Archive for July 13th, 2017|Daily archive page


In Bureaucracy, History, Military, Politics, Social commentary on July 13, 2017 at 10:55 am

The ancient Greeks passionately believed that “character is destiny.”

This certainly proved true in the case of Adolf Hitler, Germany’s Fuhrer from 1933 to 1945.  And it’s proving the same for Donald J. Trump, who became President of the United States on January 20.

One of the most perceptive observers of Hitler’s character was Panzer General Heinz Guderian.

Guderian created the concept of motorized blitzkrieg warfare, enabling coordinated masses of tanks and planes to strike at the vital nerve centers of an enemy.  

As a result, Guderian enabled Hitler to conquer France in only six weeks in 1940, and to come to the brink of crushing the Soviet Union in 1941. He recounted his career as the foremost tank commander of the Third Reich in his 1950 autobiography, Panzer Leader.  

Heinz Guderian

Guderian noted, for example, Hitler’s absolute need to dominate every situation:

HEINZ GUDERIAN: As Hitler’s self-confidence grew, and as his power became more firmly established both inside and outside Germany, he became overbearing and arrogant. Everyone appeared to him unimportant compared to himself.  

Previously, Hitler had been open to practical considerations, and willing to discuss matters with others. But now he became increasingly autocratic. 

Chris Uhlmann, political editor for ABC News, has reached similar conclusions about Trump’s own authoritarian character.

Uhlmann started his journalism career at The Canberra Times in 1989 and edited The Canberra Weekly before joining the ABC in 1998.

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Chris Uhlmann

“It’s the unscripted Trump that’s real,” wrote Uhlmann in a July 9 news analysis column.  “A man who barks out bile in 140 characters, who wastes his precious days as President at war with the West’s institutions like the judiciary, independent government agencies, and the free press.”

HEINZ GUDERIAN: Once in power, Hitler quickly—and violently—eliminated his opposition. He make no attempt to disguise this aspect of his character, because the opposition was weak and divided and soon collapsed after the first violent attack. This allowed Hitler to pass laws which destroyed the safeguards enacted by the Weimar Republic against the the dangers of dictatorship.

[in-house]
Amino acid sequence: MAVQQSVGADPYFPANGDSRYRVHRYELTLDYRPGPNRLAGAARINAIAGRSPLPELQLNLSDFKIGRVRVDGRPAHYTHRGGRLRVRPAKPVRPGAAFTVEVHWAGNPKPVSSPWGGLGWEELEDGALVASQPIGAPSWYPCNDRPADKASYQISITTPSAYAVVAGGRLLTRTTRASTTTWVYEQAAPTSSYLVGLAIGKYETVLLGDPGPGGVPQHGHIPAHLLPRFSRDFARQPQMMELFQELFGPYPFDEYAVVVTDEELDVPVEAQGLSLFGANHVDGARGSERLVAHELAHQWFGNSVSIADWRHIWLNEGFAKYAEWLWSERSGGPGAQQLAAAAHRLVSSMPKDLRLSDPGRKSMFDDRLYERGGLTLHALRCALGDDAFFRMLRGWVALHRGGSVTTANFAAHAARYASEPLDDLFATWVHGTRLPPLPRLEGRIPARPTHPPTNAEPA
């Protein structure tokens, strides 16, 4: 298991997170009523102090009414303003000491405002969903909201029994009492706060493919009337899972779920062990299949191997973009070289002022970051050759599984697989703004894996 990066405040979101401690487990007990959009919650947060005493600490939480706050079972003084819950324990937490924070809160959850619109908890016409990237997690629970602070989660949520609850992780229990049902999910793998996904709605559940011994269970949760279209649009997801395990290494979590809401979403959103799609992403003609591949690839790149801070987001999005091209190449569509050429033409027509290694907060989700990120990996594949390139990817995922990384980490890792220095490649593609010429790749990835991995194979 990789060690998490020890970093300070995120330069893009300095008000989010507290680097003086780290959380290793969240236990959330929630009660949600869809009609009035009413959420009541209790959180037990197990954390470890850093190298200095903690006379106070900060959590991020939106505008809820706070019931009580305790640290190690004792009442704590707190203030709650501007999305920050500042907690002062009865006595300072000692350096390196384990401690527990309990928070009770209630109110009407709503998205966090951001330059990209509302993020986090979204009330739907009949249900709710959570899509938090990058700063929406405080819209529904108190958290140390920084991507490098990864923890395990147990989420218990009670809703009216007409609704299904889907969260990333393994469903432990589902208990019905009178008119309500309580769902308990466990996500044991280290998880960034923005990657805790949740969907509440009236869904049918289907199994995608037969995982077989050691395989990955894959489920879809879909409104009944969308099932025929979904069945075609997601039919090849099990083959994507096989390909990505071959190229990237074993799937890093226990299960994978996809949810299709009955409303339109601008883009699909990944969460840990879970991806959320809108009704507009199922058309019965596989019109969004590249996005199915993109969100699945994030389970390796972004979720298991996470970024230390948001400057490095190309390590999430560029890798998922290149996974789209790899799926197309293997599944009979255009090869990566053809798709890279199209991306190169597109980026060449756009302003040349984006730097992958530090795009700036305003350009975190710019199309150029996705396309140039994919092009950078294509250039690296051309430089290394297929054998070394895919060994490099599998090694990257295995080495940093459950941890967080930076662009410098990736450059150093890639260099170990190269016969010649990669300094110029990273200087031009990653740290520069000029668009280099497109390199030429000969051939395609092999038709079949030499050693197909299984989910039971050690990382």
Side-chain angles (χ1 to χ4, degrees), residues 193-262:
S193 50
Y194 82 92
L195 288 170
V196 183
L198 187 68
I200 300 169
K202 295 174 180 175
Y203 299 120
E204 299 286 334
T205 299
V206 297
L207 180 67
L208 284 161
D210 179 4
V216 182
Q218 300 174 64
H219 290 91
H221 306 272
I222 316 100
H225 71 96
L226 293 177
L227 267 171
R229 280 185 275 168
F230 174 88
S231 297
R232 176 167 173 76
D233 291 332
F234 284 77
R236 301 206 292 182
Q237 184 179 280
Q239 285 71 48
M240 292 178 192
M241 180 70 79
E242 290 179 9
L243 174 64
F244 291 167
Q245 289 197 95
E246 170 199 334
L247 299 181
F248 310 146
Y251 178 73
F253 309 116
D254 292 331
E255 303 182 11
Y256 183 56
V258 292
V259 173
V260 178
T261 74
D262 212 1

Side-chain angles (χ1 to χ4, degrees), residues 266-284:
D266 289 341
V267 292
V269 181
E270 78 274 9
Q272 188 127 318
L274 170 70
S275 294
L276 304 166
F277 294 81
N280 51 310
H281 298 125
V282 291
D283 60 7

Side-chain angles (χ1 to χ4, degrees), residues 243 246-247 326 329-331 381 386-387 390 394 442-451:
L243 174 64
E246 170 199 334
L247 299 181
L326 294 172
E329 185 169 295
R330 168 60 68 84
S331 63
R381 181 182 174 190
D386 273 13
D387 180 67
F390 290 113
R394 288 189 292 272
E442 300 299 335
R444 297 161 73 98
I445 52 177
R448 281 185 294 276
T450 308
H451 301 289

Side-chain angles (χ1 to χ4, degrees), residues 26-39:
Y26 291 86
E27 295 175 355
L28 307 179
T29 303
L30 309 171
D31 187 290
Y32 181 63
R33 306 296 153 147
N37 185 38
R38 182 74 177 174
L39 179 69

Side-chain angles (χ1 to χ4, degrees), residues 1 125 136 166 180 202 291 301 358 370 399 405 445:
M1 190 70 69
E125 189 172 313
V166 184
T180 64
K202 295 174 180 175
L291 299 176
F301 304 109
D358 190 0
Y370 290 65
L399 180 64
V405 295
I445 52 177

CHRIS UHLMANN:  “Mr. Trump is a man who craves power because it burnishes his celebrity. To be constantly talking and talked about is all that really matters. And there is no value placed on the meaning of words. So what is said one day can be discarded the next.”

HEINZ GUDERIAN:  Hitler promised to “make Germany great again” both domestically and internationally. And this won him many followers. In time he controlled the largest party in the land and this allowed him, by democratic procedure, to assume power.  

CHRIS UHLMANN: “Donald Trump has a particular, and limited, skill-set. He has correctly identified an illness at the heart of the Western democracy. But he has no cure for it and seems to just want to exploit it.”

HEINZ GUDERIAN: [Hitler] was isolated as a human being. He had no real friend. There was nobody who was really close to him.  

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Adolf Hitler

There was nobody he could talk to freely and openly.  And just as he never found a true friend, he was denied the ability to deeply love a woman.  

CHRIS UHLMANN: “He was an uneasy, awkward figure at [the G20 Summit in Hamburg, Germany] and you got the strong sense some other leaders were trying to find the best way to work around him.”

Another keen assessor of Donald Trump’s character is David Brooks, conservative columnist for the New York Times.

DAVID BROOKS: “The odd thing about [Trump’s] whole career and his whole language, his whole world view is there is no room for love in it. You get a sense of a man who received no love, can give no love….

“And [Trump’s] relationship toward the world is one of competition and beating, and as if he’s going to win by competition what other people get by love.”

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Donald Trump

HEINZ GUDERIAN: Everything on this earth that casts a glow of warmth over our life as mortals—friendship with fine men, the pure love for a wife, affection for one’s own children—all this was and forever remained unknown to him. 

DAVID BROOKS:  “And so you really are seeing someone who just has an odd psychology unleavened by kindness and charity, but where it’s all winners and losers, beating and being beat. And that’s part of the authoritarian personality, but it comes out in his attitude towards women.”  

HEINZ GUDERIAN: He lived alone, cherishing his loneliness, with only his gigantic plans for company.  His relationship with Eva Braun may seem to contradict what I have written. But it is obvious that she could not have had any influence over him. And this is unfortunate, for it could only have been a softening one.

Adolf Hitler’s manic desire for conquest left Germany a thoroughly destroyed and defeated nation in 1945.

Chris Uhlmann offers a similar prediction on Donald Trump’s legacy for the United States:

“…Mr Trump has pressed fast forward on the decline of the US as a global leader. He managed to diminish his nation [at the G20 Summit] and to confuse and alienate his allies.

“He will cede that power to China and Russia–two authoritarian states that will forge a very different set of rules for the 21st century.”

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